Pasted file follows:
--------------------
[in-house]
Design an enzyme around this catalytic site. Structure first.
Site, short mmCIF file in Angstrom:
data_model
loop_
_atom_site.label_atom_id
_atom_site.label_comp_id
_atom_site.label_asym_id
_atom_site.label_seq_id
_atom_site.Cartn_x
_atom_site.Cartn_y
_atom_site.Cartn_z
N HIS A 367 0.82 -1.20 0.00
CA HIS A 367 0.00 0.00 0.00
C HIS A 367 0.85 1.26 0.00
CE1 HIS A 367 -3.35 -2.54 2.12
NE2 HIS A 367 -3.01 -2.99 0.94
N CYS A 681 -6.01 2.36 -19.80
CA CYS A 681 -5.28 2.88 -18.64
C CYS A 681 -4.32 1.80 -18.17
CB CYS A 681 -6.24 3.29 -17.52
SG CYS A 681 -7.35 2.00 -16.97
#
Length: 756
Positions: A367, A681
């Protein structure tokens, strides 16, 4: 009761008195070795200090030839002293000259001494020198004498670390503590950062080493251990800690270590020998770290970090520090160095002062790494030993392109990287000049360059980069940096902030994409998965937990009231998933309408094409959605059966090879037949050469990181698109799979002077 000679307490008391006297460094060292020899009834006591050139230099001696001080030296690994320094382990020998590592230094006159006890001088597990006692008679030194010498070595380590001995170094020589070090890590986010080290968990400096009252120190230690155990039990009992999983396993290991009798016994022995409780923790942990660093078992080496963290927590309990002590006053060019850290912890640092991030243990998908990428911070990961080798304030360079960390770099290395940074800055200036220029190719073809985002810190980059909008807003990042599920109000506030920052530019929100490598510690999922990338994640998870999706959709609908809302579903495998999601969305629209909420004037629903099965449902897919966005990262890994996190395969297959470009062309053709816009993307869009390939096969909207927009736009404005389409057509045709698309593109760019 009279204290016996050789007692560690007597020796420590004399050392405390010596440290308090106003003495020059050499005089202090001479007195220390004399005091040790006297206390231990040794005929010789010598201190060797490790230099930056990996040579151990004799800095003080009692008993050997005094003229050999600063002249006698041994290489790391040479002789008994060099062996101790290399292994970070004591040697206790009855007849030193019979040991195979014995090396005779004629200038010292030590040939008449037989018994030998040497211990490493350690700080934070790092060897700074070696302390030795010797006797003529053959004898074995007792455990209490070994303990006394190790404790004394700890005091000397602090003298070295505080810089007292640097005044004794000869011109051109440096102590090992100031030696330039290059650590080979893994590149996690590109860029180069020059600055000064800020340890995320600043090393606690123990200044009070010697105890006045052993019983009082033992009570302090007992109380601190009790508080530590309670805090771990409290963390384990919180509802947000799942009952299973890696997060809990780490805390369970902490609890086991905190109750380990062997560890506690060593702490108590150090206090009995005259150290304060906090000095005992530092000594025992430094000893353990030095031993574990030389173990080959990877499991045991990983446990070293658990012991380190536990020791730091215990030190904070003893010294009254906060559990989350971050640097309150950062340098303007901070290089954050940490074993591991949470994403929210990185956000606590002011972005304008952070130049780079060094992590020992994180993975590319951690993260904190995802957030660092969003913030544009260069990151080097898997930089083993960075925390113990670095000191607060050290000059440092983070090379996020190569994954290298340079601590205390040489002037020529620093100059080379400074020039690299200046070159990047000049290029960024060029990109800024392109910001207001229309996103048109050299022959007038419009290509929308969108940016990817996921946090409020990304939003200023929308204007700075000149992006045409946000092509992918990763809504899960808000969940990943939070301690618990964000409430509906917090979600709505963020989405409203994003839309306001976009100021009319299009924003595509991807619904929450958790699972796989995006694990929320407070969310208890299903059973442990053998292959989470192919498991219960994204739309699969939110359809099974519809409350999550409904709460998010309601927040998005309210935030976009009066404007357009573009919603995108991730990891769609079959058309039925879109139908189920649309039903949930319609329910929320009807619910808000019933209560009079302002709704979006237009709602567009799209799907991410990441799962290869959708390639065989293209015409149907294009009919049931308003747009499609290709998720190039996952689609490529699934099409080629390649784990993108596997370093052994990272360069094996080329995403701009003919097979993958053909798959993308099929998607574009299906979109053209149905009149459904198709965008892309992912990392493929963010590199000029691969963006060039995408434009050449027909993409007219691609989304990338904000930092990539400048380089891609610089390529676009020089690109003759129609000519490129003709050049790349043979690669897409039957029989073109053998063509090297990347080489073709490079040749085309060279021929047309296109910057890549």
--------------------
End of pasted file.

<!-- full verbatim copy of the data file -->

[in-house]
Design an enzyme around this catalytic site. Structure first.
Site, short mmCIF file in Angstrom:
data_model
loop_
_atom_site.label_atom_id
_atom_site.label_comp_id
_atom_site.label_asym_id
_atom_site.label_seq_id
_atom_site.Cartn_x
_atom_site.Cartn_y
_atom_site.Cartn_z
N HIS A 367 0.82 -1.20 0.00
CA HIS A 367 0.00 0.00 0.00
C HIS A 367 0.85 1.26 0.00
CE1 HIS A 367 -3.35 -2.54 2.12
NE2 HIS A 367 -3.01 -2.99 0.94
N CYS A 681 -6.01 2.36 -19.80
CA CYS A 681 -5.28 2.88 -18.64
C CYS A 681 -4.32 1.80 -18.17
CB CYS A 681 -6.24 3.29 -17.52
SG CYS A 681 -7.35 2.00 -16.97
#
Length: 756
Positions: A367, A681
């Protein structure tokens, strides 16, 4: 009761008195070795200090030839002293000259001494020198004498670390503590950062080493251990800690270590020998770290970090520090160095002062790494030993392109990287000049360059980069940096902030994409998965937990009231998933309408094409959605059966090879037949050469990181698109799979002077 000679307490008391006297460094060292020899009834006591050139230099001696001080030296690994320094382990020998590592230094006159006890001088597990006692008679030194010498070595380590001995170094020589070090890590986010080290968990400096009252120190230690155990039990009992999983396993290991009798016994022995409780923790942990660093078992080496963290927590309990002590006053060019850290912890640092991030243990998908990428911070990961080798304030360079960390770099290395940074800055200036220029190719073809985002810190980059909008807003990042599920109000506030920052530019929100490598510690999922990338994640998870999706959709609908809302579903495998999601969305629209909420004037629903099965449902897919966005990262890994996190395969297959470009062309053709816009993307869009390939096969909207927009736009404005389409057509045709698309593109760019 009279204290016996050789007692560690007597020796420590004399050392405390010596440290308090106003003495020059050499005089202090001479007195220390004399005091040790006297206390231990040794005929010789010598201190060797490790230099930056990996040579151990004799800095003080009692008993050997005094003229050999600063002249006698041994290489790391040479002789008994060099062996101790290399292994970070004591040697206790009855007849030193019979040991195979014995090396005779004629200038010292030590040939008449037989018994030998040497211990490493350690700080934070790092060897700074070696302390030795010797006797003529053959004898074995007792455990209490070994303990006394190790404790004394700890005091000397602090003298070295505080810089007292640097005044004794000869011109051109440096102590090992100031030696330039290059650590080979893994590149996690590109860029180069020059600055000064800020340890995320600043090393606690123990200044009070010697105890006045052993019983009082033992009570302090007992109380601190009790508080530590309670805090771990409290963390384990919180509802947000799942009952299973890696997060809990780490805390369970902490609890086991905190109750380990062997560890506690060593702490108590150090206090009995005259150290304060906090000095005992530092000594025992430094000893353990030095031993574990030389173990080959990877499991045991990983446990070293658990012991380190536990020791730091215990030190904070003893010294009254906060559990989350971050640097309150950062340098303007901070290089954050940490074993591991949470994403929210990185956000606590002011972005304008952070130049780079060094992590020992994180993975590319951690993260904190995802957030660092969003913030544009260069990151080097898997930089083993960075925390113990670095000191607060050290000059440092983070090379996020190569994954290298340079601590205390040489002037020529620093100059080379400074020039690299200046070159990047000049290029960024060029990109800024392109910001207001229309996103048109050299022959007038419009290509929308969108940016990817996921946090409020990304939003200023929308204007700075000149992006045409946000092509992918990763809504899960808000969940990943939070301690618990964000409430509906917090979600709505963020989405409203994003839309306001976009100021009319299009924003595509991807619904929450958790699972796989995006694990929320407070969310208890299903059973442990053998292959989470192919498991219960994204739309699969939110359809099974519809409350999550409904709460998010309601927040998005309210935030976009009066404007357009573009919603995108991730990891769609079959058309039925879109139908189920649309039903949930319609329910929320009807619910808000019933209560009079302002709704979006237009709602567009799209799907991410990441799962290869959708390639065989293209015409149907294009009919049931308003747009499609290709998720190039996952689609490529699934099409080629390649784990993108596997370093052994990272360069094996080329995403701009003919097979993958053909798959993308099929998607574009299906979109053209149905009149459904198709965008892309992912990392493929963010590199000029691969963006060039995408434009050449027909993409007219691609989304990338904000930092990539400048380089891609610089390529676009020089690109003759129609000519490129003709050049790349043979690669897409039957029989073109053998063509090297990347080489073709490079040749085309060279021929047309296109910057890549």